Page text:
Charron describes that as censorship and an unnecessary p.r. blunder: “If they had just let people vent in there and clarify and just listened to the feedback, it probably would have died down fairly quickly, and you wouldn’t have a post like mine that gets search engine traffic.”
Udemy has a different take on its relationship with teachers, of course, and CEO Dennis Yang responded to my questions in writing through a spokesperson.
The new revenue share, he says, “was designed to reward instructors for being active marketers toward their own success and give Udemy the opportunity to make longer-term investments in sustainable growth. That means taking the community from the 2.5 million students we have today to 10 or 100 million students learning from tens of thousands of instructors in the future.”
To do that, Yang identified several tactics Udemy is using. They’re doubling the marketing team from 10 to 20, developing analytics that help instructors understand the audience better, expanding into mobile platforms (which serve 30% of the course consumption now), expanding internationally, expanding their organization-level customers and making the course discovery tools for visitors more personalized.
Asked about trends in online learning that Udemy may be adapting to, Yang says, “The revenue share change was not a response to changing market trends nor did it have anything to do with the health of Udemy’s business (which has been and continues to be very healthy). The change was a reflection of Udemy’s ambitious goal to help more students learn, to help more instructors teach and be successful, and to fundamentally democratize education.”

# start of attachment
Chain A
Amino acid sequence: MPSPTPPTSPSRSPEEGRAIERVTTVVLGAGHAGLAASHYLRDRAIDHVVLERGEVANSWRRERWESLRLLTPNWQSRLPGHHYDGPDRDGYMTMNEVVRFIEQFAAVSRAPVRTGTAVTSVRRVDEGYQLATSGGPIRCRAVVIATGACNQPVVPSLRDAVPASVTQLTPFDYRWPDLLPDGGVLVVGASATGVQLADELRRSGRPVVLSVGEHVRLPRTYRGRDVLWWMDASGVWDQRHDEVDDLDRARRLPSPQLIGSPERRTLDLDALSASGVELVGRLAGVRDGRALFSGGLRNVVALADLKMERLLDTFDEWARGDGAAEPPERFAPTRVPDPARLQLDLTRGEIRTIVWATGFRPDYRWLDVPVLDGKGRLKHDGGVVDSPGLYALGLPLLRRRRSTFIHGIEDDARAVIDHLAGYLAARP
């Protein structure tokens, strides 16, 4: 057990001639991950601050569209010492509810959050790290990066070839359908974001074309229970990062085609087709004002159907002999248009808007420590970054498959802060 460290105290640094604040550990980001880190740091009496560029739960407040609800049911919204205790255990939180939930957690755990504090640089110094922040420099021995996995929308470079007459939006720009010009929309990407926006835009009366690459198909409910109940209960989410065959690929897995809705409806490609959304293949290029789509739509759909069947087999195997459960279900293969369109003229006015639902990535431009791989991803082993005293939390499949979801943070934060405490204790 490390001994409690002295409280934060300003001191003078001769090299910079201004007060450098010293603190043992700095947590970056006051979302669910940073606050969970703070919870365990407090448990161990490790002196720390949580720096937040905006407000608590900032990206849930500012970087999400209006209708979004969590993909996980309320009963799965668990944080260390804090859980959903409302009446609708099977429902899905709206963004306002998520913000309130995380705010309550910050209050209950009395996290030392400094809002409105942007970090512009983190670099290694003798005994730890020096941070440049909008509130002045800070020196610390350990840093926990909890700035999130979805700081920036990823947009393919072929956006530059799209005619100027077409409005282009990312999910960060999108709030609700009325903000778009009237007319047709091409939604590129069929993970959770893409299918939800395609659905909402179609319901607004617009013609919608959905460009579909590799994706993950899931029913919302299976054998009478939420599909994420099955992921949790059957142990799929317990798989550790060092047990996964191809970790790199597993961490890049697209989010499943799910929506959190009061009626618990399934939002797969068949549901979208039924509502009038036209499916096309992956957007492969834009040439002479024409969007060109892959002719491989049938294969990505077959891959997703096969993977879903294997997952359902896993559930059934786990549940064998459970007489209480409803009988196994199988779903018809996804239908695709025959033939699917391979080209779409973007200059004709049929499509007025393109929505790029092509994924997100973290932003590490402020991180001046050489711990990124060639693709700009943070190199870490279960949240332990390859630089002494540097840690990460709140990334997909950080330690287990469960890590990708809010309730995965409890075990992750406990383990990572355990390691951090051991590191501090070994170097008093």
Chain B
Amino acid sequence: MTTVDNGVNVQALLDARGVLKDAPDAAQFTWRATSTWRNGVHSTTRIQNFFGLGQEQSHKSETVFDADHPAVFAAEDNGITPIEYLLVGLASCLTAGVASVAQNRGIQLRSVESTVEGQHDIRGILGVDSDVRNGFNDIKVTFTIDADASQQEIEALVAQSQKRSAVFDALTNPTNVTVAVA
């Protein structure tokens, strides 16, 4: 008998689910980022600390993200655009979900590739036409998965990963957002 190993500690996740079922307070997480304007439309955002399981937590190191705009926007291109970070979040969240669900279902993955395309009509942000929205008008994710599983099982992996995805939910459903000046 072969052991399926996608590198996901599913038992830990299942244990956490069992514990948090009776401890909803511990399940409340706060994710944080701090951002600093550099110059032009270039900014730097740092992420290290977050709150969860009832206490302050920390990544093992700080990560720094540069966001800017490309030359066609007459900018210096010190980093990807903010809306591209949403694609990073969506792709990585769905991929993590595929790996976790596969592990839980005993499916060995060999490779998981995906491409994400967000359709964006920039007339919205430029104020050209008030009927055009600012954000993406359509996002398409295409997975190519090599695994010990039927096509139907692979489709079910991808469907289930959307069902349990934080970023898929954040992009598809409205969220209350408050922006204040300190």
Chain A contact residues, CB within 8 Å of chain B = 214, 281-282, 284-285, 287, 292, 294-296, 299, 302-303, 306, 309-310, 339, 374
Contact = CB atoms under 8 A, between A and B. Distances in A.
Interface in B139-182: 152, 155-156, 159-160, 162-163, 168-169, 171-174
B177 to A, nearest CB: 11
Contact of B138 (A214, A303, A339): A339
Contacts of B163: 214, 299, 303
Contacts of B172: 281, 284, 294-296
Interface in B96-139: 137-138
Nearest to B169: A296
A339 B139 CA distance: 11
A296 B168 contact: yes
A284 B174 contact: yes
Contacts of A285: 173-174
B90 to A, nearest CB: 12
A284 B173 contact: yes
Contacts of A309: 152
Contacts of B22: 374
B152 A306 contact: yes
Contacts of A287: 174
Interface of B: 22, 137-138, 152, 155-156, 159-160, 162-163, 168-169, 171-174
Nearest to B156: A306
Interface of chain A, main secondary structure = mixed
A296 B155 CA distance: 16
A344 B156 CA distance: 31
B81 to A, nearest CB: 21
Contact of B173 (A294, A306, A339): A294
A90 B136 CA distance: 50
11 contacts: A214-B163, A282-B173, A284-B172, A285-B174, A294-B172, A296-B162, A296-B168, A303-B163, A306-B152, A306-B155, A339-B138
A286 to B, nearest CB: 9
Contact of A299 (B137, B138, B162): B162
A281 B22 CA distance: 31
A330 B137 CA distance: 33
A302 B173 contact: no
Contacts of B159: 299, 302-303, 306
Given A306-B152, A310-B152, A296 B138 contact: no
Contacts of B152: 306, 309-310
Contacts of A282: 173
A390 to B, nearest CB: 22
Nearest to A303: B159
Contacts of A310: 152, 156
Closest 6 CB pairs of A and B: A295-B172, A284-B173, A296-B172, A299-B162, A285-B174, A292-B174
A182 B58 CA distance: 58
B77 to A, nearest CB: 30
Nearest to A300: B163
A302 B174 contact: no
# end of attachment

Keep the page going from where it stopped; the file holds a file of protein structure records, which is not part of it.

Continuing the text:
As for the strained relationships, Yang says, those are with only a few teachers out of over 8,000. They are able to offer their point of view, and they will benefit from a new Instructor Council structure to be set up this summer.
“But,” he adds, “we have community guidelines that instructors need to adhere to while on the platform or in the Facebook community. One of the unfortunate side effects of managing large, diverse and growing communities is that communication becomes less intimate — from one to one, to one to many. We may not get things right all the time, but we’re always open to feedback.”
Fedora and Udemy have at least one major client in common, Mark Lassoff, a top seller on the platform, and he has no serious quibble with the revenue share.
“If I’m negotiating, the commission’s always too high,” he admits. “I always want a bigger slice of the pie. But if Udemy goes out of business, that does nothing for the people on it, and Udemy is heavily leveraged with investments from V.C. They needed to be profitable, so they needed to make a change as they got out of the course acquisition mode.
“It wasn’t an arbitrary decision they made. It was a decision made on the needs of Udemy to survive and compete out there in the market. They’re going to do what’s in their best interests, and that’s what they did. I don’t fault them one bit for that.”
Alex Genadinik, a teacher of a handful of marketing and SEO courses, sees it that way, too. He prefers to put effort into his other channels than to promote his classes. “I did sell a course which is regularly $19 for which I only got $1.50 after Udemy commissions and discounts,” he says. “But I am still happy to get that because they got me that student.”
I also heard differing opinions on whether Udemy’s new investments will yield results for teachers. Lassoff says he expects to see the lower share made up for in volume as new students are acquired. Williams and others say it hasn’t happened yet and they don’t expect it to.
Cornwell says that in his discussion with clients, the notion that more marketing by Udemy will pay off in volume is getting mixed reviews. “We’re not hearing overwhelming support of that from the instructors who have a very targeted curriculum,” he says.
“They believe they’re actually doing all of the marketing, and the people they bring in take their course and then enter the Udemy ecosystem. For the instructors who have a very broad curriculum, we’re not hearing that concern as much.”
The tension over revenue share and customer relationships will presumably be resolved by the passage of time and market forces, with the most valuable content going to where it can get the best price. But some instructors are considering more fundamental aspects of the relationship that would still be an issue even if they earned 97% of every sale.